None of these four opposing candidates were going to receive much love from the Democratic Party. The party had every reason to favor Mrs. Clinton, and the best way to give institutional support to Clinton, already the betting-man’s favorite to win the nomination, was to see that absolutely nothing interesting happened during the primary cycle. A quick and quiet primary season would be beneficial to the Clinton campaign, and fewer debates would mean fewer opportunities for a Clinton slip up that might knock her out of her frontrunner status.

Not too long after this, there was another startling development, but this one did not get nearly the same level of attention. Lawrence Lessig, after declaring his candidacy and raising sufficient funds, reached out to the DNC in the hopes of appearing in a televised debate. The DNC refused to recognize Lessig’s candidacy. It then set a requirement that to appear at the first debate, a candidate must receive at least 1% support among likely voters in three or more national polls. Lessig wound up excluded from most polls because of the DNC’s withholding of recognition for the candidacy.

After being excluded from the first debate, Lessig set his sights on appearing at the second and appeared primed to do so. Lessig registered at 1% in two national polls and only had one more to go.

Then, the DNC changed the rules.

They added a stipulation that any polls conducted within six weeks of the debate would not count.

That was the end of Lawrence Lessig’s campaign to be the Democratic nominee.

I live (and vote) in New York, and while my voting experience in this year’s primary went smoothly, I can’t say the same for many of my friends in the state. My cousin, an 18-year-old first-time voter, received a piece of mail acknowledging her registration as a Democrat and informing her of polling location for the presidential primary. When she showed up, she wasn’t on the poll workers’ list and was turned away. I instructed her to demand an affidavit ballot which she did. I do not know if it will ever be counted. I instructed her to refuse to accept provisional ballots, as these simply do not count (Democratic Party Election officials acknowledge this). Anyone who submitted a provisional ballot this year appears to have simply wasted their time. Perhaps the same is true for the countless voters like my cousin forced to submit affidavit ballots. A friend told me she knew seven different people who were all forced to submit affidavit ballots for one reason or another.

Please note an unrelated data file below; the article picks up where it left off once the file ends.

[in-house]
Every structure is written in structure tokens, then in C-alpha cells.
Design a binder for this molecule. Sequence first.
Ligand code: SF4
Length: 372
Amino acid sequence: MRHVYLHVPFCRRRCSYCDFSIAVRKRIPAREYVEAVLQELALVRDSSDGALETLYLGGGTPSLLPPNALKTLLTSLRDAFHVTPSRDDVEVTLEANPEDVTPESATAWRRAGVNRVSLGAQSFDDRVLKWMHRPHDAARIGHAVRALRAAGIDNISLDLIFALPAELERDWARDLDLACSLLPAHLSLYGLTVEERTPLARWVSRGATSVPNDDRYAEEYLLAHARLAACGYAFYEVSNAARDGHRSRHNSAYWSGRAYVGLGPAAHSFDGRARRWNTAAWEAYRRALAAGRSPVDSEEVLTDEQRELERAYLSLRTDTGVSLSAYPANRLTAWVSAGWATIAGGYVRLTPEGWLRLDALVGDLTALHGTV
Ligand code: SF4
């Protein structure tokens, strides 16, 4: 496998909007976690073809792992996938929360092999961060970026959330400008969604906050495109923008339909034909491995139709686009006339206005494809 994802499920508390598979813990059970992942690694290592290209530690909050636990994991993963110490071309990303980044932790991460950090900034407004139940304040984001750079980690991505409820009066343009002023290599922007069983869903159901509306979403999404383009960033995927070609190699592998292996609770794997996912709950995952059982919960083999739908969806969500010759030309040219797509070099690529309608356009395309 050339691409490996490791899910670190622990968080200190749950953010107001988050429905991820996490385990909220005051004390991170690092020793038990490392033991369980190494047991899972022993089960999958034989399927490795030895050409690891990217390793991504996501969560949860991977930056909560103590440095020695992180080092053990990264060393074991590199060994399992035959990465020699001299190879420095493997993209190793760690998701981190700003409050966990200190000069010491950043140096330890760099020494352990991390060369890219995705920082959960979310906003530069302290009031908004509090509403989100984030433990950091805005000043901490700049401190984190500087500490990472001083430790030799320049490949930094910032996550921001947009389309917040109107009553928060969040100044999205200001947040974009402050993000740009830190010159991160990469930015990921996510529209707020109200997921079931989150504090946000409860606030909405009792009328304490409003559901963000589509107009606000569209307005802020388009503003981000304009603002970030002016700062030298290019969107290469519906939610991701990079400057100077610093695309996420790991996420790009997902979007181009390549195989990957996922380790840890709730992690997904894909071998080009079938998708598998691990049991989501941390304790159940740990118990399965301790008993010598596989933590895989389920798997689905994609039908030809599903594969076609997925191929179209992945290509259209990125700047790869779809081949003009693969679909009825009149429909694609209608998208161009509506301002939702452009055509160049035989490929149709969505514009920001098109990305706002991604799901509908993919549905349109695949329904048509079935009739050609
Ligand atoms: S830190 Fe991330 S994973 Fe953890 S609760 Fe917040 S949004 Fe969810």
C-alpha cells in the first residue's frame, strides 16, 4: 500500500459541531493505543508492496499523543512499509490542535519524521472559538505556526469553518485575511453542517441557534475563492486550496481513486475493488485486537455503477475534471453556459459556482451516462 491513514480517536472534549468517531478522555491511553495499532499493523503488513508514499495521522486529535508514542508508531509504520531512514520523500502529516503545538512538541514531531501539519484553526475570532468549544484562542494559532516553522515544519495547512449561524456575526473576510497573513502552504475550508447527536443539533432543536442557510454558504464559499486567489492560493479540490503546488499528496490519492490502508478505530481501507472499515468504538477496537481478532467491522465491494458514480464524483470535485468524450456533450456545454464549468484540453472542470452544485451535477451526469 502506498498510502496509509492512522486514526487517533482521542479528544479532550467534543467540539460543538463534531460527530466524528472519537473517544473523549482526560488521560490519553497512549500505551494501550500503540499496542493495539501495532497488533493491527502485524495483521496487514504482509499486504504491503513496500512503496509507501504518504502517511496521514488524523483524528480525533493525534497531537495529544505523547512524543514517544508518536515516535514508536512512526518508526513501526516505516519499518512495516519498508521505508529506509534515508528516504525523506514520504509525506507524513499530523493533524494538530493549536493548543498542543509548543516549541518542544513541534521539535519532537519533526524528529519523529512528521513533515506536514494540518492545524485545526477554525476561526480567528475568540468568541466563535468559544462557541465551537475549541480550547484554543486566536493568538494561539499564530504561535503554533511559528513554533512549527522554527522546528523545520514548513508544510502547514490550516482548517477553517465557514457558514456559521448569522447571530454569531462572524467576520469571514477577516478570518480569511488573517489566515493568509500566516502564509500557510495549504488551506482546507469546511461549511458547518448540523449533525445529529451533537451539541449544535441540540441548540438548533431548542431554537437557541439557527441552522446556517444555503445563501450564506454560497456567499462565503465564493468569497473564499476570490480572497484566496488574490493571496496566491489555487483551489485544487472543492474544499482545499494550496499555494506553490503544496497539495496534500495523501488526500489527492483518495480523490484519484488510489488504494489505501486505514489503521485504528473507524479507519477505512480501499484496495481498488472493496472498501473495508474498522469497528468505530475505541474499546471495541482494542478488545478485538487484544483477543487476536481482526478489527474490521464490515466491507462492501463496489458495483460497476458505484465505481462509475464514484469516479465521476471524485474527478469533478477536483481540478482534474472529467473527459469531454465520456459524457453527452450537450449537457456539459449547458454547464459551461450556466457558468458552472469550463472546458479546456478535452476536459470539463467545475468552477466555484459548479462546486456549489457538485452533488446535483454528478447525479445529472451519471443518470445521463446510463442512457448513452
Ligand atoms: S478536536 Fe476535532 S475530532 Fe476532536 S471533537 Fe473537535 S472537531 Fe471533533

Voting irregularities in Arizona and Brooklyn (which happens to be where Bernie Sanders grew up) are also cause for concern.

An examination of the kinds of things reducing voter access this primary cycle demonstrates an interesting pattern.

Some registered Democrats were taken off voter rolls because they had not voted in seven or more years. Voting rules stipulated that wearing pro-candidate clothes or accessories to the polls was illegal electioneering and anyone doing that should not be allowed to vote. Taking pictures of one’s ballot was deemed grounds to invalidate the ballot.

Voters falling into all three of these categories are in my view more likely to be Sanders supporters (Millennials excited about their first vote, wearing “Feel the Bern!” tees and snapping pictures of their first-ever vote, and older people so disillusioned with politics they haven’t felt inspired to vote since this fiery outsider showed up).

Finally, lets look at Wyoming. A state where Bernie Sanders won the popular vote by more than 10%, but received fewer delegates than Clinton. Granted, Bernie Sanders did agree to the rules which produced this result when he was recognized by the DNC and ran as a Democrat, but this result is wholly undemocratic.